Lupus

Systemic lupus erythematosus is the classic autoimmune disease. The cause is still unknown. Genetic factors play a significant role. For reasons not yet understood, the immune system in lupus patients perceives some of the body as being foreign and attempts to reject it. The immune system is stimulated which reacts against many parts of the body including the lining of joints, heart and lungs. Skin is often involved as well as parts of the central nervous system. Kidney involvement can be severe but fortunately strong medications are available to help prevent serious deterioration which would otherwise happen.

Anyone can be affected with lupus although it is typically more common in African American women of childbearing age. The presentation can be mysterious as lupus can involve so many different parts of the body. Patients may have unexplained fevers or rashes. They may have easy bruising with low platelet counts (clotting factors). They can have joint inflammation which may look like rheumatoid arthritis or chest pain which could masquerade as a heart attack. As in so many diseases, having a high index of suspicion leads to getting the right blood tests and considering lupus as a possibility.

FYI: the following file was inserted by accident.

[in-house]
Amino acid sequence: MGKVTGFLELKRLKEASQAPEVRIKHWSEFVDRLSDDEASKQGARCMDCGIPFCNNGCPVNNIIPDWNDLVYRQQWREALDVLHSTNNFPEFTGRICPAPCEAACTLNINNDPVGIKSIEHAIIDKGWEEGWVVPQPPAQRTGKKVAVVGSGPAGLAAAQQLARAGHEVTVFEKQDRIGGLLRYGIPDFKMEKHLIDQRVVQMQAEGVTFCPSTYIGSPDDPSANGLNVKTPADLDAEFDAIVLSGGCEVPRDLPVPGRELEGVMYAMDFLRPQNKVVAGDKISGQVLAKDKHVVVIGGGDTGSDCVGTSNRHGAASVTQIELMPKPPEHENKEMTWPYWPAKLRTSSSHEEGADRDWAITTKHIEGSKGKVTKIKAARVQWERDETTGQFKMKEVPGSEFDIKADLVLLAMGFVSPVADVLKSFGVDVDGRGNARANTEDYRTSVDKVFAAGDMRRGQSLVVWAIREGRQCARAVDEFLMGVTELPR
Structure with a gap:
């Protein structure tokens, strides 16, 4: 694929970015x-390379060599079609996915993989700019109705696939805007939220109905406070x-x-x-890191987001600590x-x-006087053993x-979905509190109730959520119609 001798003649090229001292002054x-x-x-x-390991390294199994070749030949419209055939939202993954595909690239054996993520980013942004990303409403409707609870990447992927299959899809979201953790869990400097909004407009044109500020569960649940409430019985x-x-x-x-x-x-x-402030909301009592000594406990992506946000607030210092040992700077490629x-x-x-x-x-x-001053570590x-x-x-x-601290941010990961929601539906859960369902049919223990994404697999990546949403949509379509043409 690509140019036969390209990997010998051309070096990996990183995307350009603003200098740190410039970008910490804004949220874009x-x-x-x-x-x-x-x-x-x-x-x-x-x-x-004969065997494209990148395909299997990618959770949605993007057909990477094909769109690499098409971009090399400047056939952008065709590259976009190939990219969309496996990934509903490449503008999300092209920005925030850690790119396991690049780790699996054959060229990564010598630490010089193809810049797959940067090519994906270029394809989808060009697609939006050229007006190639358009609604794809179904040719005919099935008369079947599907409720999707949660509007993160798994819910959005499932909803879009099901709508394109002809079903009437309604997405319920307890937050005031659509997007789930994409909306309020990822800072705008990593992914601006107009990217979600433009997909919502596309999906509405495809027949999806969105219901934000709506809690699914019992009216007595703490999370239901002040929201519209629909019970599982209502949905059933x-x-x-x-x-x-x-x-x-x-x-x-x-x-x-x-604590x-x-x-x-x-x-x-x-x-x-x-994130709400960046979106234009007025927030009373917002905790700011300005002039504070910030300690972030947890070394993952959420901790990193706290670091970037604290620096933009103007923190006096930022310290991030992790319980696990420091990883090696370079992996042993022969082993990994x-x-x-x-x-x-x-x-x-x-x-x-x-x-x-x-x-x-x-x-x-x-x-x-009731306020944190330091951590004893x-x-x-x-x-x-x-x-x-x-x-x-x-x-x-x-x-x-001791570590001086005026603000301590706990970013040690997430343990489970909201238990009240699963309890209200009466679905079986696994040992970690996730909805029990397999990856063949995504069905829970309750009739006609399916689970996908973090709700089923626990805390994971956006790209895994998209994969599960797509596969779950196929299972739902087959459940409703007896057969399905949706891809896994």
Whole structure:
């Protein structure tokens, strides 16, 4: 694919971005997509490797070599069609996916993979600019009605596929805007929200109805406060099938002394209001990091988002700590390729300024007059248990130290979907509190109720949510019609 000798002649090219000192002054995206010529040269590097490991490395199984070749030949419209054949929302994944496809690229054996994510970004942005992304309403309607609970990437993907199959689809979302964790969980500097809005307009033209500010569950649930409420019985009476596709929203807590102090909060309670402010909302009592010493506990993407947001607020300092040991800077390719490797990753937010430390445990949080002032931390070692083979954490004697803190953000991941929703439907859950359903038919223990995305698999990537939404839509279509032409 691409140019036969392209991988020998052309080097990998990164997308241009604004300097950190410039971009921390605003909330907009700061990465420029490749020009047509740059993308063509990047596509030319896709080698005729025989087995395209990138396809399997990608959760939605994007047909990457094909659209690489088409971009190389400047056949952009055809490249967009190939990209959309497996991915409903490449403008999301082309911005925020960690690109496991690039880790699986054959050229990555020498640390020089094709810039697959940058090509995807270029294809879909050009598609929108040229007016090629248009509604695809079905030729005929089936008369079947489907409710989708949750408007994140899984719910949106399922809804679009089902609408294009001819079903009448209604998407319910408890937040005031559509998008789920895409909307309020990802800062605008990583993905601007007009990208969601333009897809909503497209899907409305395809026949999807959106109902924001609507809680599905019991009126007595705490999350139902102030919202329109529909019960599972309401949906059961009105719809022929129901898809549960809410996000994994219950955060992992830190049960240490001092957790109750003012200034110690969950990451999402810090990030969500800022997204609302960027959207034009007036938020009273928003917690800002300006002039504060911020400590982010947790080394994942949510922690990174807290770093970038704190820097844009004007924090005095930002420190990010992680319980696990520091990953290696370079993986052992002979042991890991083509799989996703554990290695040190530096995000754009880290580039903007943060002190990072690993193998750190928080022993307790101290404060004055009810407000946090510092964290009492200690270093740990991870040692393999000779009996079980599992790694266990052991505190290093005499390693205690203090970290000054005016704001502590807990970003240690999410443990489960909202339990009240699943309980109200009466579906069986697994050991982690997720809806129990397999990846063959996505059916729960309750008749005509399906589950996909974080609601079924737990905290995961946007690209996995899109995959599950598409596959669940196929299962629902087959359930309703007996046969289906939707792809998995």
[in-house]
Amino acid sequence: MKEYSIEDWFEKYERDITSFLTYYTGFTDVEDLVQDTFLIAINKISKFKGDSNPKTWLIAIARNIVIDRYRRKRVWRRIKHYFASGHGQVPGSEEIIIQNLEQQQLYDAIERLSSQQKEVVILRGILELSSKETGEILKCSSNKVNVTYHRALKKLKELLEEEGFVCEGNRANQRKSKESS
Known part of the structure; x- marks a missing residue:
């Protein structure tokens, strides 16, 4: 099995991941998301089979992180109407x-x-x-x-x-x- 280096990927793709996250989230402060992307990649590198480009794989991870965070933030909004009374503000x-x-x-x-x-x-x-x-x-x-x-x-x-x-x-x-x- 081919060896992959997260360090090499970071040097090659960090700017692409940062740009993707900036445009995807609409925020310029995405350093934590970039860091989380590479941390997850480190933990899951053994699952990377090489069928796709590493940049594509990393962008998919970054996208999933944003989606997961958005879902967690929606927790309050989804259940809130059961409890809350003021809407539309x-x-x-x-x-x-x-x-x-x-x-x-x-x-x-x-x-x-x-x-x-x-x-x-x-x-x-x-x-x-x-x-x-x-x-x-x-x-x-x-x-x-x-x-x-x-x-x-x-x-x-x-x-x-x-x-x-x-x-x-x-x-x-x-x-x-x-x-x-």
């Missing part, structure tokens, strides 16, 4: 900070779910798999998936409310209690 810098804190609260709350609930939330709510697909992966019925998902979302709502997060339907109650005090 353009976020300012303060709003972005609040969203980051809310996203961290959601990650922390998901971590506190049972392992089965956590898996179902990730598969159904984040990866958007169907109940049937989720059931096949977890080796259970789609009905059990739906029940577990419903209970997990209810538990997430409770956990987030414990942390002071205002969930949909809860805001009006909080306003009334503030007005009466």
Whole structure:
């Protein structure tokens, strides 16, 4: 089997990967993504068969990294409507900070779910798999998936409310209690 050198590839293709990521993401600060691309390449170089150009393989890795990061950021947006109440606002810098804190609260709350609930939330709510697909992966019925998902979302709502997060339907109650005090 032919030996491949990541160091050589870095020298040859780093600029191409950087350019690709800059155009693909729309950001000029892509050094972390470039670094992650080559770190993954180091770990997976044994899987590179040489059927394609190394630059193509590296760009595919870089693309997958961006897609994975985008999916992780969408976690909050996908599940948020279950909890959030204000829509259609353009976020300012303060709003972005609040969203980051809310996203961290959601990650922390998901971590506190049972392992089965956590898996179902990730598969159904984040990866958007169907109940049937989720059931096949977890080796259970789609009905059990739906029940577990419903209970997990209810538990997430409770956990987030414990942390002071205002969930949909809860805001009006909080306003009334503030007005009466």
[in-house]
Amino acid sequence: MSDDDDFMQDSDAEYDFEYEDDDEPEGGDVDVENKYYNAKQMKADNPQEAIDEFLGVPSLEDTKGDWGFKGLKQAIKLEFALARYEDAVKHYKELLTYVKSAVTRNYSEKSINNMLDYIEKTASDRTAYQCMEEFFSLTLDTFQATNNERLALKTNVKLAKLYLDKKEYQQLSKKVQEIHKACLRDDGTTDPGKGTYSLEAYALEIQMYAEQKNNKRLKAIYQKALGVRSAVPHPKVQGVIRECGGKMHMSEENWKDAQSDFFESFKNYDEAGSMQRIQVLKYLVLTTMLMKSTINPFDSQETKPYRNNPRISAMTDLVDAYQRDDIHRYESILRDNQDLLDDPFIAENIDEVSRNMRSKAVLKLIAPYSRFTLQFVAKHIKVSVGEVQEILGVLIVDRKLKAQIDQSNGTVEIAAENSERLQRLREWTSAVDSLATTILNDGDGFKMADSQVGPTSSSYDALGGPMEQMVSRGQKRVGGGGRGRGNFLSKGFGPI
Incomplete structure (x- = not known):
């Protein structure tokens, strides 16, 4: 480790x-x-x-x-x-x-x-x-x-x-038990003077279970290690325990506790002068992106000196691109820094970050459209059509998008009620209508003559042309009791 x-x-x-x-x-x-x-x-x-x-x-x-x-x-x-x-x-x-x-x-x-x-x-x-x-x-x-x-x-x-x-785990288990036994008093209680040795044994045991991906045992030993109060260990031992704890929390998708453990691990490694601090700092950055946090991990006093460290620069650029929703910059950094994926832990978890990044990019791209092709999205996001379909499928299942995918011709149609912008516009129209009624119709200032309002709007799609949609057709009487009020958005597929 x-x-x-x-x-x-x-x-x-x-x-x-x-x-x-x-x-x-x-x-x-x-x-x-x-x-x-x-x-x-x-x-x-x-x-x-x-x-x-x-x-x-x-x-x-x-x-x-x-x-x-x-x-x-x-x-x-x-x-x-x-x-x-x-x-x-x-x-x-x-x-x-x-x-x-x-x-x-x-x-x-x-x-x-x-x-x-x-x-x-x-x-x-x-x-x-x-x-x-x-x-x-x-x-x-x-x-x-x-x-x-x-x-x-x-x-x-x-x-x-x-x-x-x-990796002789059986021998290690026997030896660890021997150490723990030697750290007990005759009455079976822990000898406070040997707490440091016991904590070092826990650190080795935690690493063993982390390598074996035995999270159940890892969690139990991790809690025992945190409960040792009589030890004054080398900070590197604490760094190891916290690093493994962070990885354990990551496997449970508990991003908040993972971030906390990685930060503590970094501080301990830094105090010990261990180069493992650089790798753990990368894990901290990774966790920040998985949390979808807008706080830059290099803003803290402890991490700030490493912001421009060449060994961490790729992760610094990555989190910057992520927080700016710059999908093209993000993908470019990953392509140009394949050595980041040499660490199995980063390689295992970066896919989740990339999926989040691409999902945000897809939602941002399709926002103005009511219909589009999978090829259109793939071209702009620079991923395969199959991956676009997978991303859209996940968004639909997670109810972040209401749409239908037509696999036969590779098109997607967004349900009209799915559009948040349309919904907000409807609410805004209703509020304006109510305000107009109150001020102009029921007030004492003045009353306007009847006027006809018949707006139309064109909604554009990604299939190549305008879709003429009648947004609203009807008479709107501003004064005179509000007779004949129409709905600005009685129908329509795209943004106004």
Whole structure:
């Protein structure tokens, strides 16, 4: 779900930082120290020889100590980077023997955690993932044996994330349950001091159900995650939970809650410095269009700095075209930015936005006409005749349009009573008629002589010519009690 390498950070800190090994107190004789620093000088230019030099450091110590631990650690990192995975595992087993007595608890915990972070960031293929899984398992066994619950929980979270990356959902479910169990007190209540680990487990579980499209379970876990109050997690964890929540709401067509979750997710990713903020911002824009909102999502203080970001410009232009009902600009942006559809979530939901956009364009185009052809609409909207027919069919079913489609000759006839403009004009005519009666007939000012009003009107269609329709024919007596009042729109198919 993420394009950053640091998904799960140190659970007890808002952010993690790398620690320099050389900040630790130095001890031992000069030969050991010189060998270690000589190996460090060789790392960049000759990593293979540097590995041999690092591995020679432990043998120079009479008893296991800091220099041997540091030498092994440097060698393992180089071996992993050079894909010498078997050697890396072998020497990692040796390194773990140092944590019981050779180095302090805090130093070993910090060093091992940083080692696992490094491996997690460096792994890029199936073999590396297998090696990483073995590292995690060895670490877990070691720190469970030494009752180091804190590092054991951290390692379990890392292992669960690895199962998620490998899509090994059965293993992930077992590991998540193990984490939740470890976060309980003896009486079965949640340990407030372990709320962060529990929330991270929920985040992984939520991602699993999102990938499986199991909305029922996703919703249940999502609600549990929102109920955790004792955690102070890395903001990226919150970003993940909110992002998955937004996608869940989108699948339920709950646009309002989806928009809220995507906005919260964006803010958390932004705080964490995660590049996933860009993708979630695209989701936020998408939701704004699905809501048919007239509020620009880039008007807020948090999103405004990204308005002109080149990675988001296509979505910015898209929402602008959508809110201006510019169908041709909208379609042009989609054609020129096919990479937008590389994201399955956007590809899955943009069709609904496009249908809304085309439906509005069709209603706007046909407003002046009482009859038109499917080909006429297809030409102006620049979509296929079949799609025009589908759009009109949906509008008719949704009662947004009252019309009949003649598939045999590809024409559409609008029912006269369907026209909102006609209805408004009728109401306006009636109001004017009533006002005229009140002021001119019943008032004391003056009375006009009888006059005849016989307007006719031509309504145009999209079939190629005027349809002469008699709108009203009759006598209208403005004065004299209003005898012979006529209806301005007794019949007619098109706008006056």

Lupus often requires physicians from different specialties to be involved. Nephrologists need to be following the kidney involvement. Sometimes early intervention prevents lupus kidney disease from advancing. On the other hand, we have patients who have received kidney transplants and are doing generally well.

Medications used for lupus include prednisone. This drug is a double-edged sword as it can be lifesaving but at the same time can cause significant side effects including weight gain, diabetes, and compression fractures. Other drugs used more forĀ  skin and joint involvement include Plaquenil. For severe kidney involvement, drugs such as CellCept and Cytoxan can be quite helpful. In the last few years, a new intravenous drug ,Benlysta , was approved by the FDA. This was the first new drug approved for lupus in 50 years and appears to be more helpful in the non-kidney aspects of lupus. The intention is that all these drugs may allow us to get away with a lower level of prednisone.